Generally, the parties involved in a separation or divorce will negotiate the split of assets, including superannuation. Factors such as the financial status of each party, their financial responsibilities, and contributions and duration of the relationship will determine how superannuation is divided.

That means that division of superannuation will vary according to each couple. For example, if your ex wife or partner made only domestic contributions in the relationship and did not hold a job, they may be entitled to more of your superannuation than if they also had a job and were accruing super during the relationship.

If you, your ex partner, and your legal teams do not come to an agreement with regards to asset division (including superannuation), you can apply to the court for an order.


How will my superannuation be split in the court?

If  you’ve been unsuccessful in reaching an agreement with your ex  partner outside the court , you may be wondering: if my ex wife is entitled to my superannuation, what is the court going to do with it? 

During a divorce or property settlement, the court seeks to divide the asset pool in a just and equitable manner. In order to do that, the court takes into account:

  • The length of the relationship (marriage or De Facto)
  • Valuation of the Superannuation of each party
  • Financial contributions of each party during the partnership
  • Domestic (and other) contributions made during the partnership
  • The welfare of children or dependents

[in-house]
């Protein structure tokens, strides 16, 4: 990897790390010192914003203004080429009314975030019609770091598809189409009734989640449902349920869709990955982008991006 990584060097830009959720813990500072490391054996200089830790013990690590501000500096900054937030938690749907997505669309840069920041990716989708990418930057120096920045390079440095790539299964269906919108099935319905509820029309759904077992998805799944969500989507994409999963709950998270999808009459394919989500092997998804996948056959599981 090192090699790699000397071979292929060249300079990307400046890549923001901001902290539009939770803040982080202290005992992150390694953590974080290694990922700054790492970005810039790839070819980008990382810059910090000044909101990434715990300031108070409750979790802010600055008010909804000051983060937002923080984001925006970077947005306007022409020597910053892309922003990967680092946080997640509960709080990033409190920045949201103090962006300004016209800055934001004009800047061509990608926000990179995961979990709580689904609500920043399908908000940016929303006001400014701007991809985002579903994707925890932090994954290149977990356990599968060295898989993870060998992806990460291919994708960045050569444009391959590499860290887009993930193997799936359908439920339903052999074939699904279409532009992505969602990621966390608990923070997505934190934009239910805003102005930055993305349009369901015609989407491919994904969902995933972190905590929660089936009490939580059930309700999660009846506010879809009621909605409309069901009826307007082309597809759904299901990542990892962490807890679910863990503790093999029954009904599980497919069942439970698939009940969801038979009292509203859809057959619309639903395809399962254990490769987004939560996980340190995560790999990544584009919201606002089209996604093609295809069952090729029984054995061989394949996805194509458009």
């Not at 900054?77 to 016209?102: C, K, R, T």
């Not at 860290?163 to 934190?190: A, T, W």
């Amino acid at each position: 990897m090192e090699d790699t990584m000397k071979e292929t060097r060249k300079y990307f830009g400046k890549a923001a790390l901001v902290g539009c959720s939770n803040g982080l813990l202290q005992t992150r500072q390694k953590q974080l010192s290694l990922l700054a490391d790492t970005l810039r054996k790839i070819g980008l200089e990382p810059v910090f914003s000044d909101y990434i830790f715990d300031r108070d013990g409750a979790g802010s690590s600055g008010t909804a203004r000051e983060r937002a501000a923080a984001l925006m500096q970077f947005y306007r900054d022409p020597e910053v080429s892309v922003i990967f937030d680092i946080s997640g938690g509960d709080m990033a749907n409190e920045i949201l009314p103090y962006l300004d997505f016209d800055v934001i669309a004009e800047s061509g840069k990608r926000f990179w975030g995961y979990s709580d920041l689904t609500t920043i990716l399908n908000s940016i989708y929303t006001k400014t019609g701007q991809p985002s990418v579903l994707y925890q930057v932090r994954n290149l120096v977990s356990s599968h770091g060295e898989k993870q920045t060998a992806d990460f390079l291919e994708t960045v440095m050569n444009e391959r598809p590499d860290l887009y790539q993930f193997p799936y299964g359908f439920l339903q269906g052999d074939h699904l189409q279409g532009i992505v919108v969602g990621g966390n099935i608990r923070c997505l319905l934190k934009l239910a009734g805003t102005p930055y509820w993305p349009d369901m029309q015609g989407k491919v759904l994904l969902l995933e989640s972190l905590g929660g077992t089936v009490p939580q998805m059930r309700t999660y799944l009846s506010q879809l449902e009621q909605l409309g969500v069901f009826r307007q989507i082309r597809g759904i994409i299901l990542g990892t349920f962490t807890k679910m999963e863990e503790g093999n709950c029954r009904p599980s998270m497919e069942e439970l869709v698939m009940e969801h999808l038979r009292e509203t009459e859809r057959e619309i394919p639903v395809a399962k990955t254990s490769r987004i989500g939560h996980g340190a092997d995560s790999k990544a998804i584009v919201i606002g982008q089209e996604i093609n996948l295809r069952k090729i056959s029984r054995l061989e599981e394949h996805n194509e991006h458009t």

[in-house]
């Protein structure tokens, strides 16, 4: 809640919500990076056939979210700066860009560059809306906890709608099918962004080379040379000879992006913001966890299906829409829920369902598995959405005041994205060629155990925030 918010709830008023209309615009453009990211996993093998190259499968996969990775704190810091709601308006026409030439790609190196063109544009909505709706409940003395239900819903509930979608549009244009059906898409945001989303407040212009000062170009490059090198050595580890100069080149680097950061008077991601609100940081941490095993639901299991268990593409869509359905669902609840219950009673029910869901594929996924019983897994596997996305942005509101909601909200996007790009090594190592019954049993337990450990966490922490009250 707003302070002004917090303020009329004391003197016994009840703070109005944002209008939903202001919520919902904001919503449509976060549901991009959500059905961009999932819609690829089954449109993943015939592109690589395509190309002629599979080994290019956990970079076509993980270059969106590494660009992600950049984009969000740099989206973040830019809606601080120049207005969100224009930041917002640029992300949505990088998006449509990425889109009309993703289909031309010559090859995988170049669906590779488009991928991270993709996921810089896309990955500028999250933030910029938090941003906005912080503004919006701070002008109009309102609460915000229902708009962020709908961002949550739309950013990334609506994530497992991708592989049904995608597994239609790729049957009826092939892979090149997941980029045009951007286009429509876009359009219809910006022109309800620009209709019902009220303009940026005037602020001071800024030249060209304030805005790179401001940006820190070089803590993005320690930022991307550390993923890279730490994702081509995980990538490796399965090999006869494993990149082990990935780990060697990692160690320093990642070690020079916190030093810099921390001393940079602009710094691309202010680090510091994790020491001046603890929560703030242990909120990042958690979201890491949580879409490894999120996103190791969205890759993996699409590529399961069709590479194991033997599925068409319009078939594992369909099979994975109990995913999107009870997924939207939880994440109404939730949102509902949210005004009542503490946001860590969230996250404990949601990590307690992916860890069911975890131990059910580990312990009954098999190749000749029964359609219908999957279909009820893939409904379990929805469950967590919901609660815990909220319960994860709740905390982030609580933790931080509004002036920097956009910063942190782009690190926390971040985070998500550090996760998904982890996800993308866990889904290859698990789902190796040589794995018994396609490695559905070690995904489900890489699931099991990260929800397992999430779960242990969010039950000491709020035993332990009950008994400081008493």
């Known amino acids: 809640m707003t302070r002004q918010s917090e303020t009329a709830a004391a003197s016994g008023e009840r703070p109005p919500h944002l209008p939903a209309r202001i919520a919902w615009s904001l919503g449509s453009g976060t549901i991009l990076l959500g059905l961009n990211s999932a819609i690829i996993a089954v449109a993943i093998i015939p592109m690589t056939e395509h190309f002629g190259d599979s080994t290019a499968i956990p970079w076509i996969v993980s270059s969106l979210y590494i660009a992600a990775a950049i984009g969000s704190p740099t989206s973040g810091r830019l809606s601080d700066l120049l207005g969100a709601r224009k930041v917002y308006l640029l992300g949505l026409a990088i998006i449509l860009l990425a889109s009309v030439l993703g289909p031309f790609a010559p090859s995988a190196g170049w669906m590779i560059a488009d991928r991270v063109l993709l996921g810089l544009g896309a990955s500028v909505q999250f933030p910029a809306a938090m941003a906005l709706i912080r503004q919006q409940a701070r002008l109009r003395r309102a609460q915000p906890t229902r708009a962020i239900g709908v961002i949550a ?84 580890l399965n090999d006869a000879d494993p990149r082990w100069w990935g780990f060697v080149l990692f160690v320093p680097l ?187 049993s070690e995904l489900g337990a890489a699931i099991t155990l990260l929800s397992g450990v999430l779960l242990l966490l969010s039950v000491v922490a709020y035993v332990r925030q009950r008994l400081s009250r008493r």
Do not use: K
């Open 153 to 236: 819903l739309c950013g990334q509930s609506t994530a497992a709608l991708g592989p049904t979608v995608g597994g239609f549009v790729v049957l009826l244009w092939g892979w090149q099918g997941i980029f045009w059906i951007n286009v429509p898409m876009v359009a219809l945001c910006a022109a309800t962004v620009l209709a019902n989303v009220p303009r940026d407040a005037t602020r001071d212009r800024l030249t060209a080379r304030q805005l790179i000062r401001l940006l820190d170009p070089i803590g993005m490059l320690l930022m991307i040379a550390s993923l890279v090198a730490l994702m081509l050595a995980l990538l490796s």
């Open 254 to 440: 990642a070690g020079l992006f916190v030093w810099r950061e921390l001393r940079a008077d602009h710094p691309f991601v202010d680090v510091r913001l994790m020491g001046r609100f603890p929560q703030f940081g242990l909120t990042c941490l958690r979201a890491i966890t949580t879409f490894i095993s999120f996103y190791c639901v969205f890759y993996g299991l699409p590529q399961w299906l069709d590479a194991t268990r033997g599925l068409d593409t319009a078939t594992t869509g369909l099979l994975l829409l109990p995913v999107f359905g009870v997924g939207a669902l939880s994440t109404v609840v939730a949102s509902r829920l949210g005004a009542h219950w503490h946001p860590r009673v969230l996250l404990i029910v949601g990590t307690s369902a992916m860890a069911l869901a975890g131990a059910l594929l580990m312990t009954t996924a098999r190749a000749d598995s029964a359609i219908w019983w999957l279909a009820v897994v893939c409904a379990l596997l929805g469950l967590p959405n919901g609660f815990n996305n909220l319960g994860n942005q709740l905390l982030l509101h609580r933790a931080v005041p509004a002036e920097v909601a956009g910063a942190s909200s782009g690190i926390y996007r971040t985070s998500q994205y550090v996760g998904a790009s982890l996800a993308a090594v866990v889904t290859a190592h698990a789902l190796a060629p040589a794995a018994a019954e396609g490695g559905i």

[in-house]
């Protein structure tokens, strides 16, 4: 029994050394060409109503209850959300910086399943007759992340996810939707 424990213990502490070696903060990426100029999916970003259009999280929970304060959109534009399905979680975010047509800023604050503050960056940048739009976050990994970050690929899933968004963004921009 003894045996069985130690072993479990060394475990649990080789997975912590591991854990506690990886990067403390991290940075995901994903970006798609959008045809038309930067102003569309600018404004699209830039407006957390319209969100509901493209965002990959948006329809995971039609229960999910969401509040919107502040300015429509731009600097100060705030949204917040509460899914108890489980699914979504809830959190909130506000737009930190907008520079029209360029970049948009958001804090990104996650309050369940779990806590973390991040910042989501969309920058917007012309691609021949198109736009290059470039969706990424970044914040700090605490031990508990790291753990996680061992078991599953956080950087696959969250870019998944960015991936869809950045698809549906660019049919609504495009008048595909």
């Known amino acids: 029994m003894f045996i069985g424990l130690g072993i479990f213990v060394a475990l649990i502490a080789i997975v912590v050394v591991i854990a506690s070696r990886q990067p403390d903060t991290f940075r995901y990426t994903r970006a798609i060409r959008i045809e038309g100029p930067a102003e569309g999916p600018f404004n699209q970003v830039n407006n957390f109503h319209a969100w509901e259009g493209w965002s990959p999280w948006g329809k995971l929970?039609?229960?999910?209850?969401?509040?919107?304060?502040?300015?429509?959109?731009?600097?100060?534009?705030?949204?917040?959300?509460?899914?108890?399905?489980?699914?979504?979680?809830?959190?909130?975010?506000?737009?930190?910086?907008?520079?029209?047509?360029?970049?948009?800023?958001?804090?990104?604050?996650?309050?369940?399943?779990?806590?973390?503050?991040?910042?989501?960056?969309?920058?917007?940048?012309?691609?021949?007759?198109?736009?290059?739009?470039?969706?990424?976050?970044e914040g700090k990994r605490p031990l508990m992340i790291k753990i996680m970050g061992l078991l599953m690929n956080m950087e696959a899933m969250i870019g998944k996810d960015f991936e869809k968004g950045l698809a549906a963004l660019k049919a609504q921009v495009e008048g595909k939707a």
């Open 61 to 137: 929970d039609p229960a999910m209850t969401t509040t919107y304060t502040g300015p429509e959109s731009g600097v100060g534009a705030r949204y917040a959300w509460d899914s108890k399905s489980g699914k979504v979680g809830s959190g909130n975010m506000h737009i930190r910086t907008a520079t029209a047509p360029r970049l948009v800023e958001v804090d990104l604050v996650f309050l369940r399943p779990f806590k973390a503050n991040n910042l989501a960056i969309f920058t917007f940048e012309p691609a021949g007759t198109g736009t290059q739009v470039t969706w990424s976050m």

• Differences in income between the parties
  • The financial responsibilities of each party

While the division of the asset pool is rarely 50/50, superannuation is the exception to that rule in some instances. If the parties’ relationship started when neither had much superannuation accumulated, at the time of asset division, superannuation will be distributed between the parties in a manner that leaves each party with a similar amount.

Variations in superannuation division will occur, however, depending on the factors listed above and the negotiations that take place between the parties involved, their legal representatives and the court.


Getting legal assistance

If you’re still confused about “is my ex wife entitled to my superannuation”, or how much of your super your ex-wife may be entitled to, consulting with a good legal expert is a great way to learn more about your and your ex partner’s rights and entitlements when it comes to matters of divorce and property settlement.

You may also want to know, who has the right to stay in the family home after separation?

So, if you find yourself in the difficult stages of a relationship breakdown, divorce or property settlements and want to learn about the steps you can take to protect your assets, get in touch with one of our solicitors for a confidential discussion.


67 thoughts on “Is my Ex Wife Entitled to my Superannuation?”

  1. Hi i was just recently granted a divorce yesterday. I was wondering if i am entitled to my x husband superanuation? Its a short marriage that just lasted 1 and half year I have no contribution at all with what he has and we have a 5yrs old son. Thank you

    1. Hi. Even though it was a relatively short relationship, the fact that you were married and that you have a child together allows you to make a claim for a property settlement. His superannuation will be considered part of the matrimonial asset pool, and you could recieve a portion of the super and any other assets that either of you own. In this situation, you are entitled to superannuation.